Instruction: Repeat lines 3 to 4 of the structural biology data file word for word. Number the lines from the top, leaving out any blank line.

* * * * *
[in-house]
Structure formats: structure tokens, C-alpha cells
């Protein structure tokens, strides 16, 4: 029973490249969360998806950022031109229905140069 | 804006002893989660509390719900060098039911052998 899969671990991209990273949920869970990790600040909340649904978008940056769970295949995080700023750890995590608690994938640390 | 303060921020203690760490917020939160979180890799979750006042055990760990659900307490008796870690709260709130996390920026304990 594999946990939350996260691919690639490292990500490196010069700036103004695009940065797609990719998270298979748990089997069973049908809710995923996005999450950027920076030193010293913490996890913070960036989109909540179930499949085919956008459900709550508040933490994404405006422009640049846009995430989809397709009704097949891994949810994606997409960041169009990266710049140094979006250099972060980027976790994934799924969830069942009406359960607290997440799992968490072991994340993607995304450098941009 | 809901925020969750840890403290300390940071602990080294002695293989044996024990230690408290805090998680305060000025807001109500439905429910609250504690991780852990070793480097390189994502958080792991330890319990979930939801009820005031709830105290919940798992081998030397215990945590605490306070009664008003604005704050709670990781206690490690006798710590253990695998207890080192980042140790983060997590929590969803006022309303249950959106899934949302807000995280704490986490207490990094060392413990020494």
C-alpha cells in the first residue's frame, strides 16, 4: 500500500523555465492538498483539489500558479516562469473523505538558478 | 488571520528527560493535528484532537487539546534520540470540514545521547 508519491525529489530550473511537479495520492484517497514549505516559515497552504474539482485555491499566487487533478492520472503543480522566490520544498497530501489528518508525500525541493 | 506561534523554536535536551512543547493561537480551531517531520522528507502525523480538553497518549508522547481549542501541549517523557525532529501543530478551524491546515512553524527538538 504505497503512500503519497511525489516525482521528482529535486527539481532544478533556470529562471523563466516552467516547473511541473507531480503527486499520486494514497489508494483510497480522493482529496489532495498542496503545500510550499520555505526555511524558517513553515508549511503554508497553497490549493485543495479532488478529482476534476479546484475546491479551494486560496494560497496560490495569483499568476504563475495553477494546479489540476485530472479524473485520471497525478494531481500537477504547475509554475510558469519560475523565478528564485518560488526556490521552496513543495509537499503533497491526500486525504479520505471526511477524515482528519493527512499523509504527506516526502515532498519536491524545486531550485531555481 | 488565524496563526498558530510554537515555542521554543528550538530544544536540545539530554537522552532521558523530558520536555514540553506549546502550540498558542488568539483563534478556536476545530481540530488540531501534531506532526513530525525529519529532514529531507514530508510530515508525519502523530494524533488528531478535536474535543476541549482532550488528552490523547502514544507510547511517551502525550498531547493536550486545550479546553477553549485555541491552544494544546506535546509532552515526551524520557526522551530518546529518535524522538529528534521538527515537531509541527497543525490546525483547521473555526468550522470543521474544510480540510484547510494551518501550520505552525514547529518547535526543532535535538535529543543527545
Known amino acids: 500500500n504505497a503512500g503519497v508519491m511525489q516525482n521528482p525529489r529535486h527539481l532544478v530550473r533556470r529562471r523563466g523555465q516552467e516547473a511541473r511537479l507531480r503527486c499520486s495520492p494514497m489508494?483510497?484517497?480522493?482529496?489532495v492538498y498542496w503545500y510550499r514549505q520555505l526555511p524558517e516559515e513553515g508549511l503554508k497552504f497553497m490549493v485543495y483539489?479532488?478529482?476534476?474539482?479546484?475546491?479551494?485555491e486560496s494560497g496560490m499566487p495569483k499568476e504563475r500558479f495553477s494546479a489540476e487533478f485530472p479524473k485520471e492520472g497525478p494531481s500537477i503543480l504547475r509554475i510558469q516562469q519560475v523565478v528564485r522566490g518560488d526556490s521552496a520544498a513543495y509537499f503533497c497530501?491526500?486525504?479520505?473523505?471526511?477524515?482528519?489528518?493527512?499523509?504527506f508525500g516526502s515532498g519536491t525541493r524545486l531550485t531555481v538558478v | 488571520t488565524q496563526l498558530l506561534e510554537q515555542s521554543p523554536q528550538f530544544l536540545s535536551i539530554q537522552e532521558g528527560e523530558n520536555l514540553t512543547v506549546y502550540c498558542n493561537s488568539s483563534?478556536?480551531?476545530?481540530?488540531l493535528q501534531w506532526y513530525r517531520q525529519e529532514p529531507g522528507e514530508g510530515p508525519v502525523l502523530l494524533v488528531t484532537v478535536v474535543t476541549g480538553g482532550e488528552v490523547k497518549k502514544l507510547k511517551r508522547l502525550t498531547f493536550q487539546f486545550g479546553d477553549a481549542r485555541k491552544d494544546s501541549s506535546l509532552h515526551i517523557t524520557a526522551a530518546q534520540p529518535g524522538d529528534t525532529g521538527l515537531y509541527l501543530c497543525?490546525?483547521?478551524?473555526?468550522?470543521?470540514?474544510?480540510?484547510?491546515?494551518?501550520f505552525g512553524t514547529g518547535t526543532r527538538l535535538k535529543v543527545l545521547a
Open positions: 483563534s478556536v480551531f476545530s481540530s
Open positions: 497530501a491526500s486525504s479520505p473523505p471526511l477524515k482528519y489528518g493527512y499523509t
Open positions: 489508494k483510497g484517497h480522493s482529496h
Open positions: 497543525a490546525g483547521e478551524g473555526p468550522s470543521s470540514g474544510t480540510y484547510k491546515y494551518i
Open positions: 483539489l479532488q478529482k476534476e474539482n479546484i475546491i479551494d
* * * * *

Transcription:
């Protein structure tokens, strides 16, 4: 029973490249969360998806950022031109229905140069 | 804006002893989660509390719900060098039911052998 899969671990991209990273949920869970990790600040909340649904978008940056769970295949995080700023750890995590608690994938640390 | 303060921020203690760490917020939160979180890799979750006042055990760990659900307490008796870690709260709130996390920026304990 594999946990939350996260691919690639490292990500490196010069700036103004695009940065797609990719998270298979748990089997069973049908809710995923996005999450950027920076030193010293913490996890913070960036989109909540179930499949085919956008459900709550508040933490994404405006422009640049846009995430989809397709009704097949891994949810994606997409960041169009990266710049140094979006250099972060980027976790994934799924969830069942009406359960607290997440799992968490072991994340993607995304450098941009 | 809901925020969750840890403290300390940071602990080294002695293989044996024990230690408290805090998680305060000025807001109500439905429910609250504690991780852990070793480097390189994502958080792991330890319990979930939801009820005031709830105290919940798992081998030397215990945590605490306070009664008003604005704050709670990781206690490690006798710590253990695998207890080192980042140790983060997590929590969803006022309303249950959106899934949302807000995280704490986490207490990094060392413990020494």
C-alpha cells in the first residue's frame, strides 16, 4: 500500500523555465492538498483539489500558479516562469473523505538558478 | 488571520528527560493535528484532537487539546534520540470540514545521547 508519491525529489530550473511537479495520492484517497514549505516559515497552504474539482485555491499566487487533478492520472503543480522566490520544498497530501489528518508525500525541493 | 506561534523554536535536551512543547493561537480551531517531520522528507502525523480538553497518549508522547481549542501541549517523557525532529501543530478551524491546515512553524527538538 504505497503512500503519497511525489516525482521528482529535486527539481532544478533556470529562471523563466516552467516547473511541473507531480503527486499520486494514497489508494483510497480522493482529496489532495498542496503545500510550499520555505526555511524558517513553515508549511503554508497553497490549493485543495479532488478529482476534476479546484475546491479551494486560496494560497496560490495569483499568476504563475495553477494546479489540476485530472479524473485520471497525478494531481500537477504547475509554475510558469519560475523565478528564485518560488526556490521552496513543495509537499503533497491526500486525504479520505471526511477524515482528519493527512499523509504527506516526502515532498519536491524545486531550485531555481 | 488565524496563526498558530510554537515555542521554543528550538530544544536540545539530554537522552532521558523530558520536555514540553506549546502550540498558542488568539483563534478556536476545530481540530488540531501534531506532526513530525525529519529532514529531507514530508510530515508525519502523530494524533488528531478535536474535543476541549482532550488528552490523547502514544507510547511517551502525550498531547493536550486545550479546553477553549485555541491552544494544546506535546509532552515526551524520557526522551530518546529518535524522538529528534521538527515537531509541527497543525490546525483547521473555526468550522470543521474544510480540510484547510494551518501550520505552525514547529518547535526543532535535538535529543543527545